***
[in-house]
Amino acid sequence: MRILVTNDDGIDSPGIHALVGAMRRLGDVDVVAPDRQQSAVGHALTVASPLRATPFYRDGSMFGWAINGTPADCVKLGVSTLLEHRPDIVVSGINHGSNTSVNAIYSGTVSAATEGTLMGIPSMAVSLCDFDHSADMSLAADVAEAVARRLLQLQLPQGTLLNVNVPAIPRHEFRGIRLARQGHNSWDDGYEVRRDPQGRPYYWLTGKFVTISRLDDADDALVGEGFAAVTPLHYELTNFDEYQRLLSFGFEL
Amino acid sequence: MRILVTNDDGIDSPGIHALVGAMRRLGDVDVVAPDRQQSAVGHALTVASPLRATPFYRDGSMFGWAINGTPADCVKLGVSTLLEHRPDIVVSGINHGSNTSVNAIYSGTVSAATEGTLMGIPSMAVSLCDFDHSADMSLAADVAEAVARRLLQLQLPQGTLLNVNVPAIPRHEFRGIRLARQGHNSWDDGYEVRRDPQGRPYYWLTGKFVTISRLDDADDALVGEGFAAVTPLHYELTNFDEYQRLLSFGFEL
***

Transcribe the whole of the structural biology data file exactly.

[in-house]
Amino acid sequence: MRILVTNDDGIDSPGIHALVGAMRRLGDVDVVAPDRQQSAVGHALTVASPLRATPFYRDGSMFGWAINGTPADCVKLGVSTLLEHRPDIVVSGINHGSNTSVNAIYSGTVSAATEGTLMGIPSMAVSLCDFDHSADMSLAADVAEAVARRLLQLQLPQGTLLNVNVPAIPRHEFRGIRLARQGHNSWDDGYEVRRDPQGRPYYWLTGKFVTISRLDDADDALVGEGFAAVTPLHYELTNFDEYQRLLSFGFEL
Amino acid sequence: MRILVTNDDGIDSPGIHALVGAMRRLGDVDVVAPDRQQSAVGHALTVASPLRATPFYRDGSMFGWAINGTPADCVKLGVSTLLEHRPDIVVSGINHGSNTSVNAIYSGTVSAATEGTLMGIPSMAVSLCDFDHSADMSLAADVAEAVARRLLQLQLPQGTLLNVNVPAIPRHEFRGIRLARQGHNSWDDGYEVRRDPQGRPYYWLTGKFVTISRLDDADDALVGEGFAAVTPLHYELTNFDEYQRLLSFGFEL